Obits: A lasting tribute (2024)

`One of most important things we do'


By Shawn M. Starkey
Herald Staff Writer

When Anne Goda tells people what she does for a living, some find it morbid.

But as staff obituary writer for The Herald since 1974, she sees her jobas very important.

``In community journalism, the writing of obits is one of the most importantthings we do,'' Herald Editor James A. Raykie Jr. said.

That's especially true in communities our size, where so many people arerelated or know each other, he said, noting relatives see obituaries asa lasting tribute to the deceased.

``They clip it. They save it. They laminate it. They mail it to friends,''Raykie said.

The importance really hit home when The Herald moved its front-page deathrecord to the back page in a 1988 redesign.

Raykie acknowledges that move was a mistake and said it was one of the mostfrequent complaints he got from readers.

So March 31, as part of another redesign, the death record returned to pageone.

Raykie said he's come to realize readers see the front-page location asmore than just a convenience. ``It's the last front-page tribute that youcan pay someone,'' he said.

In 1995, The Herald published about 2,000 obituaries. With an average obitrunning 7 inches long, that's about 109 pages.

Mrs. Goda regularly deals with 65 funeral homes in five counties. An averageday sees her writing nine obituaries.

It may not sound like a lot. But that's comparable to writing three or fournews stories on deadline each morning _ something reporters rarely haveto do.

Then come the days when the number of obituaries reaches 20 or more, withother reporters and newsroom assistants being drafted into obit duty.

Most staffers won't soon forget the day the editors had to shrink the sizeof the text to fit all the obituaries on the page.

It's even joked that Mrs. Goda is the most powerful person in the newsroom,because she can pull a paid advertisem*nt to make room for obituaries.

Whether it's Mrs. Goda, Raykie or local funeral directors talking, all agreeaccuracy is top priority in obituaries.

Raykie pointed to something Wally Wachter, retired Herald managing editor,told him early in his career _ ``In newspapers the size of The Herald, youdon't want to mess up anyone's birth, death, engagement or wedding announcement.''

Raykie explained that if the newspaper makes a mistake on a parent's obituaryor a child's engagement, that reader will never forgive it.

What that means for Mrs. Goda is constantly checking the facts for accuracyand hoping that if something does slip by her, a copy editor will catchit.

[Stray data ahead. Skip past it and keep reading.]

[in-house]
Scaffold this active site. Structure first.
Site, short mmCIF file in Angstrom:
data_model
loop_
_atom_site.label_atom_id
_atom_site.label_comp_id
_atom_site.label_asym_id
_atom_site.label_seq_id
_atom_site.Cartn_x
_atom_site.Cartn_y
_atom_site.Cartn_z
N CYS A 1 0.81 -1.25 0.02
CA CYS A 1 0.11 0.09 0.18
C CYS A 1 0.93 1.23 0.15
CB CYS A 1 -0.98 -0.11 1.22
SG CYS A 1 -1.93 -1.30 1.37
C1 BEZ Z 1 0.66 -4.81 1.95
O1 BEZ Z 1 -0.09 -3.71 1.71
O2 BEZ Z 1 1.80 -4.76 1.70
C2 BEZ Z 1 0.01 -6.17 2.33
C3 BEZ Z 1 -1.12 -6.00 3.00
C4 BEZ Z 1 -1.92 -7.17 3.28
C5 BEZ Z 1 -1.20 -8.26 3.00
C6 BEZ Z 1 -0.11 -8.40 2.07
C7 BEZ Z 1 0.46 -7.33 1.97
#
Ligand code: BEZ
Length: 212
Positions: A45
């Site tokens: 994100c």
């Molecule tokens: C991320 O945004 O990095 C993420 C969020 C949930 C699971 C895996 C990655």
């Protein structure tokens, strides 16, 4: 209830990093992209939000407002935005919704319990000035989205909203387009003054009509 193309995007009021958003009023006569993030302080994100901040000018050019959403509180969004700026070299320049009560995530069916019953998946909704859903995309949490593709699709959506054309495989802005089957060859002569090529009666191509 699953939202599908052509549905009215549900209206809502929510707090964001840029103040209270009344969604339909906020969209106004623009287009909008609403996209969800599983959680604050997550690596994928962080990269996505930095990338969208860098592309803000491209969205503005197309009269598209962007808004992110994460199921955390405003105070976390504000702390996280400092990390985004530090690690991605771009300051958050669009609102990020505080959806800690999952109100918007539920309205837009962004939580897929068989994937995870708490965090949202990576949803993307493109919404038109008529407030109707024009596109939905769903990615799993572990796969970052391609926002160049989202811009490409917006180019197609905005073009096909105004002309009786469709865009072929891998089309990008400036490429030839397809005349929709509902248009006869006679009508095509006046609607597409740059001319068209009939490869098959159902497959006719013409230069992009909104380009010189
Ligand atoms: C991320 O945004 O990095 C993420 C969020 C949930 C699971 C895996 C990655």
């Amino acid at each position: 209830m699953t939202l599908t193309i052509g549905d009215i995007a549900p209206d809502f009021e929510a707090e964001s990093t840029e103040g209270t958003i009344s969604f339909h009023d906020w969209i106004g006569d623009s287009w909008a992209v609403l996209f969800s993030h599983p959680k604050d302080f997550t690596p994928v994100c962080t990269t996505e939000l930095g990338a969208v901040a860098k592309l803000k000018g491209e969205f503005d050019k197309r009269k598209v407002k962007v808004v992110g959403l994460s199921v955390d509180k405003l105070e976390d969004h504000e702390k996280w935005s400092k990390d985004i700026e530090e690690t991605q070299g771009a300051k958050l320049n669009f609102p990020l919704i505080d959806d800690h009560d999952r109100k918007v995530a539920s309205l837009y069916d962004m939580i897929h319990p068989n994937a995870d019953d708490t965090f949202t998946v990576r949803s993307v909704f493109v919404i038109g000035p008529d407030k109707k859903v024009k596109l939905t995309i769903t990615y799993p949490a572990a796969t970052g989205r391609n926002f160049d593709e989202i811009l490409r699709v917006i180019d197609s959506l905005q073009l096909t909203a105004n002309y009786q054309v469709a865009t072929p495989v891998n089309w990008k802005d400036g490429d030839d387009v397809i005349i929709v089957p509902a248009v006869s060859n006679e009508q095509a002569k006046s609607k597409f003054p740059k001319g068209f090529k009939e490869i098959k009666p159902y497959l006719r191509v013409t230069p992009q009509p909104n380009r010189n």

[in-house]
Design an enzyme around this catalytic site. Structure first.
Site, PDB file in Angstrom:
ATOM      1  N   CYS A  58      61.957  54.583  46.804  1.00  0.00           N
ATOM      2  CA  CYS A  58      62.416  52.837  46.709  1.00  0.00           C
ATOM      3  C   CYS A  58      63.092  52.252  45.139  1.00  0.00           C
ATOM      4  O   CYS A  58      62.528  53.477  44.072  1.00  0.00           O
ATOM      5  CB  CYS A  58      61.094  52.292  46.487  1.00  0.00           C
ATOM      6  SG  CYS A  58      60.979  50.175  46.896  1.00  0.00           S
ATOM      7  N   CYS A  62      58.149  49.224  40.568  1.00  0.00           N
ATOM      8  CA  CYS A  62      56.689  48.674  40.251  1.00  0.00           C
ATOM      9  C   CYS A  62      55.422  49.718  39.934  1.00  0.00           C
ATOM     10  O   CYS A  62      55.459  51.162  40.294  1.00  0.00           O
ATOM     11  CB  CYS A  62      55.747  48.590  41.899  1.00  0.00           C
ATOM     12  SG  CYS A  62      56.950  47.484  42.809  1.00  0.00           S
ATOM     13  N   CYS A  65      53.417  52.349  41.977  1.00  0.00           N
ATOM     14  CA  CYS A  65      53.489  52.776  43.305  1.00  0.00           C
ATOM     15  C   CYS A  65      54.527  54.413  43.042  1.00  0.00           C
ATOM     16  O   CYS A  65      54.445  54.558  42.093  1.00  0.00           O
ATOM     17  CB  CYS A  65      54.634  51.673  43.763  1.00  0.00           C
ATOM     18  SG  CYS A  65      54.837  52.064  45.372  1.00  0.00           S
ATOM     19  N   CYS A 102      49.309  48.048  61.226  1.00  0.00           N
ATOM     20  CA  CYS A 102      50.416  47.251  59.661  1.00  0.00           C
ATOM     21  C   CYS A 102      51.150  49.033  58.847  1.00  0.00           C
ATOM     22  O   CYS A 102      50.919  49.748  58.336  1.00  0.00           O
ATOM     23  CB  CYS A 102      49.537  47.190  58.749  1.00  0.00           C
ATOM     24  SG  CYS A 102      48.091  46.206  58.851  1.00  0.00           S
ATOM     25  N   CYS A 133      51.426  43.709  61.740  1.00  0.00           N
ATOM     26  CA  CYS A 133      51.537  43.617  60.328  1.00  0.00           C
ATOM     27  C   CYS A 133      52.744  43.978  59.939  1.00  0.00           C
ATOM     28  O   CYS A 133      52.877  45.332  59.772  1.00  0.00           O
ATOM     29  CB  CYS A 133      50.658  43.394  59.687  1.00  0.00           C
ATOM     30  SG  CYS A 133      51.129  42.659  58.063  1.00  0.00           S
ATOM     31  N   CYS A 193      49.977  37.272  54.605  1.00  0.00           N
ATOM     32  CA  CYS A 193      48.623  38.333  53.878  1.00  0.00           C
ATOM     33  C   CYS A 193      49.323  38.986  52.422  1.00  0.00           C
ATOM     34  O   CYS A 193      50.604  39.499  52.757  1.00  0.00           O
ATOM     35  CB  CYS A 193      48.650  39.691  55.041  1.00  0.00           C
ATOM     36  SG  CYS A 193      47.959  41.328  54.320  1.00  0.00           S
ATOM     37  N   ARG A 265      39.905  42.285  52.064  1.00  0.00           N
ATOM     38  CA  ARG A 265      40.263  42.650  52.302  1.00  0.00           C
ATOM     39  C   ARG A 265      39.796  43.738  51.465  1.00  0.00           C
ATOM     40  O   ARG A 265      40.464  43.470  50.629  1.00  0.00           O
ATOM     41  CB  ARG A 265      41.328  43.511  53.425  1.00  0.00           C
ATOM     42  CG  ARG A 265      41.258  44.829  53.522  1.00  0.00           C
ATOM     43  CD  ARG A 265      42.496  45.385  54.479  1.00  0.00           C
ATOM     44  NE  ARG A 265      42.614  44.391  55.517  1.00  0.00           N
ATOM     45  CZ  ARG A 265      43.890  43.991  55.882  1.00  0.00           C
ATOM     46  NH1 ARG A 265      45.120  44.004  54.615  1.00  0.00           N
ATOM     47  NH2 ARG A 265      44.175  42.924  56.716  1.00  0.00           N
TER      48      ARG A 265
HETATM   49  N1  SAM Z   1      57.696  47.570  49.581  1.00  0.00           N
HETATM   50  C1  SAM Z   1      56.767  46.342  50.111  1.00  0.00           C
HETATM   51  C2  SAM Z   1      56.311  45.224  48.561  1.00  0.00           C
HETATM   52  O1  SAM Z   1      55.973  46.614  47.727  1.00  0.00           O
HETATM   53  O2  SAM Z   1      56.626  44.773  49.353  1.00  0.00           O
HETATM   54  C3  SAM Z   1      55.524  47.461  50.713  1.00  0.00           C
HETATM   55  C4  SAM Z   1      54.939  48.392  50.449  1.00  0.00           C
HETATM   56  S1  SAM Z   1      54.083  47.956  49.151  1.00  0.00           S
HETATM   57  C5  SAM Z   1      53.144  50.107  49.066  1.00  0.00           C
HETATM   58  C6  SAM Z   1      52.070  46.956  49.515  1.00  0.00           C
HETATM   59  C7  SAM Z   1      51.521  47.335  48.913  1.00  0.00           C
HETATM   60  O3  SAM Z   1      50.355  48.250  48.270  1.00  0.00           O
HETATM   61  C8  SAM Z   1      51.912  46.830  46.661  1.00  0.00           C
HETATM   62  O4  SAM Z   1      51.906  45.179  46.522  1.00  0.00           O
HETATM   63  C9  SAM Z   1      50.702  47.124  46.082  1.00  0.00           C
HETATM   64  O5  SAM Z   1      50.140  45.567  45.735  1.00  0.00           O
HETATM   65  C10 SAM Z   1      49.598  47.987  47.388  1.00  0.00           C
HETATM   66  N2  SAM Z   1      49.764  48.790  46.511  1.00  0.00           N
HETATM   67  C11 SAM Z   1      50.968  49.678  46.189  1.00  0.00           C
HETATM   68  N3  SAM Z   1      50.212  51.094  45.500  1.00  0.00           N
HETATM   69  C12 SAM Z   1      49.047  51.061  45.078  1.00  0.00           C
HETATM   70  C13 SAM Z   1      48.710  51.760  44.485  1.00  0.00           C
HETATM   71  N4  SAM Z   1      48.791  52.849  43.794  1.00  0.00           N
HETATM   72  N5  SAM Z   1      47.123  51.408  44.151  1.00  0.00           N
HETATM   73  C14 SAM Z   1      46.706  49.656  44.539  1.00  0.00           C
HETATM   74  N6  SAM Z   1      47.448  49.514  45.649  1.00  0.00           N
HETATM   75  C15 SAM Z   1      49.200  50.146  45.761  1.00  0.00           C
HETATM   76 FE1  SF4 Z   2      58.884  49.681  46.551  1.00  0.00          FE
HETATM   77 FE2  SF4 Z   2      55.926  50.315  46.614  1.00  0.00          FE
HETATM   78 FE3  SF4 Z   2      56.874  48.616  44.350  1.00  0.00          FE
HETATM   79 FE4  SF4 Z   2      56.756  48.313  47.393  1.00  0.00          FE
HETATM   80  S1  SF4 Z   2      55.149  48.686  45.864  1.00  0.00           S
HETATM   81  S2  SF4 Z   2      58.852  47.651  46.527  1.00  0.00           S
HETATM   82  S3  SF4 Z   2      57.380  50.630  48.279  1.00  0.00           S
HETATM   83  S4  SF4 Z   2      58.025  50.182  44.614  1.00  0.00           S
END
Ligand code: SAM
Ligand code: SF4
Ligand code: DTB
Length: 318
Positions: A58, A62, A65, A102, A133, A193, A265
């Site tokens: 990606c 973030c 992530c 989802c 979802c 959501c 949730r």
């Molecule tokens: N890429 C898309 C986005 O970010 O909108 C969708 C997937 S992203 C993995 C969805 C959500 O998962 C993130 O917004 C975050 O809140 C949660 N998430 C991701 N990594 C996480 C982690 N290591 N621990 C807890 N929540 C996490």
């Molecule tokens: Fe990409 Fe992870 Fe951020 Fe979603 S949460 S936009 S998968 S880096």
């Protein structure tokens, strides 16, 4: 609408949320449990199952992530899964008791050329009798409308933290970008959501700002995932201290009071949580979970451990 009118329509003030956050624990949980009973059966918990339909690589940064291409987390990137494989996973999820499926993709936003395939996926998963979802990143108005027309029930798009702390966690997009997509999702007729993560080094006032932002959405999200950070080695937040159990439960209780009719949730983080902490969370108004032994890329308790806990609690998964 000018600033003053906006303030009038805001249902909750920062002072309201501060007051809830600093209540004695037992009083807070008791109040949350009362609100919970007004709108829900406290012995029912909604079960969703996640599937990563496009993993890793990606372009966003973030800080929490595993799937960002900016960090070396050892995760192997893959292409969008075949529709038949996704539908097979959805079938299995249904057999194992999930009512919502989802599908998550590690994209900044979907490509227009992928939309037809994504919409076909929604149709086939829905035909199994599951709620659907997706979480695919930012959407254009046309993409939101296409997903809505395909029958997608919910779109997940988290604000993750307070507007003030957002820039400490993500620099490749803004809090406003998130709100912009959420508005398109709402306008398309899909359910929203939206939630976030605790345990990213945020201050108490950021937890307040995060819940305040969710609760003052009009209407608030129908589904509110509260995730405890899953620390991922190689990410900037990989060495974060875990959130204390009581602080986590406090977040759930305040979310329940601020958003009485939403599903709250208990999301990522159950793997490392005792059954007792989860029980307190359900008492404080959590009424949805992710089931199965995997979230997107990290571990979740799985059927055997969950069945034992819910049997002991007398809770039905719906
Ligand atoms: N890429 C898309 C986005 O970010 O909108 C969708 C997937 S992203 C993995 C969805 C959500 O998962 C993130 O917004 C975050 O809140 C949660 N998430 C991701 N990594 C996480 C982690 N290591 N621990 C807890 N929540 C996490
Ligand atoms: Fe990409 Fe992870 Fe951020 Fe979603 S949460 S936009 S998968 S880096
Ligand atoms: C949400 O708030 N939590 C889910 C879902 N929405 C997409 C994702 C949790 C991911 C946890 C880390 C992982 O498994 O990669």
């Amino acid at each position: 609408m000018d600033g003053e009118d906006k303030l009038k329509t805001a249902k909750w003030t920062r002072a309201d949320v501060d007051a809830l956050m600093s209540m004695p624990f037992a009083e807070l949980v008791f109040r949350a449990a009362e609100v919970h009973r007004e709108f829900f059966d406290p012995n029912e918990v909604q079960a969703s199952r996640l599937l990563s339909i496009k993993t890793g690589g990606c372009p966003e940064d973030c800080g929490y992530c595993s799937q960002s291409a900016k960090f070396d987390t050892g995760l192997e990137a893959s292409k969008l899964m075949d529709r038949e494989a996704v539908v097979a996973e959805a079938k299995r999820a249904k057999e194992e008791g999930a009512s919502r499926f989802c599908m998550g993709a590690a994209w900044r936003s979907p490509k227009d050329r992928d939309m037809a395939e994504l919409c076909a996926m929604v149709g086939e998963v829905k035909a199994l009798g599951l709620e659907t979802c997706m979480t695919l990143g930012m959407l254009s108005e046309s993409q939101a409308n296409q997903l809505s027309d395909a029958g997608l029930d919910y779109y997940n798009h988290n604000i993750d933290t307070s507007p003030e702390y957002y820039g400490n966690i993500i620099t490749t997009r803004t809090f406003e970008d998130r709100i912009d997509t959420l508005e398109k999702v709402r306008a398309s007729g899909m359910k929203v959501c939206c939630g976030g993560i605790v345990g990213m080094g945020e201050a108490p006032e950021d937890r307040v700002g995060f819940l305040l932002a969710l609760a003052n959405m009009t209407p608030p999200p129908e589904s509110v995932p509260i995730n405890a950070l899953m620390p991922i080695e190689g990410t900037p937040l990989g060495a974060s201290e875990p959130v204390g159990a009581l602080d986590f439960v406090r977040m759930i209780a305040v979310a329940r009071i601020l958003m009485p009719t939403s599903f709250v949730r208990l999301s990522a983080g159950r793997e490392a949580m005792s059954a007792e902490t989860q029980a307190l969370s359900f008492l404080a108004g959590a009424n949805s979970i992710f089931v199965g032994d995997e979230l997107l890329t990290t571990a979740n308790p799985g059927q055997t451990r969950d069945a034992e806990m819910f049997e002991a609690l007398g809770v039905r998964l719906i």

J. Bradley McGonigle III of J. Bradley McGonigle Funeral Home Inc. in Sharonsaid even when a newspaper runs an addition or correction, the family stillonly has the clipping of the original incorrect obituary to save.

McGonigle places the responsibility on himself as a funeral director toprovide the obituary information in the correct format, which generallyfollows a person's life in chronological order from birth to death.

H. Lee Cunningham of Cunningham Funeral Home Inc. in Grove City said obituariesare part of a permanent record in most families. ``I believe the accuracyand the character of the obituary itself is most important to reflect thatperson's life,'' he said.

Larry Madasz of Madasz Funeral Home in Brookfield also agrees families aremost interested in accuracy and next in informing the public about timeof calling hours and funeral service.

``Most people are pretty well-prepared,'' Madasz said. On occasion, we doneed to research some information.''

Mrs. Goda said having the information together before someone dies is important.

``It's so easy to forget something when you're upset and you're experiencinggrief,'' said Mrs. Goda, who wrote the obits for her parents and her husband.

``The ironic thing is I forgot my husband belonged to a union.''

Sometimes Mrs. Goda has to spend more time searching Herald files for informationfor obituaries of business owners and community leaders.

``I'm amazed at how many people born in this small community go on to havevery important jobs in their lifetime all over the world, how diversifiedlifestyles can be,'' said Mrs. Goda, a former Sharpsville and society reporterfor The Herald. She now works in the community news department and alsohandles weddings, anniversaries and organization news.

But in some cases not much background information is provided and Mrs. Godafinds that sad.

``I know every person's life is important and I want to know more aboutthem,'' she said. ``I have learned through the years that each one has aspecial story to tell.''

Shawn M. Starkey wrote weekend obituaries for The Herald for four yearsbefore becoming a staff writer.
Obits: A lasting tribute (2024)
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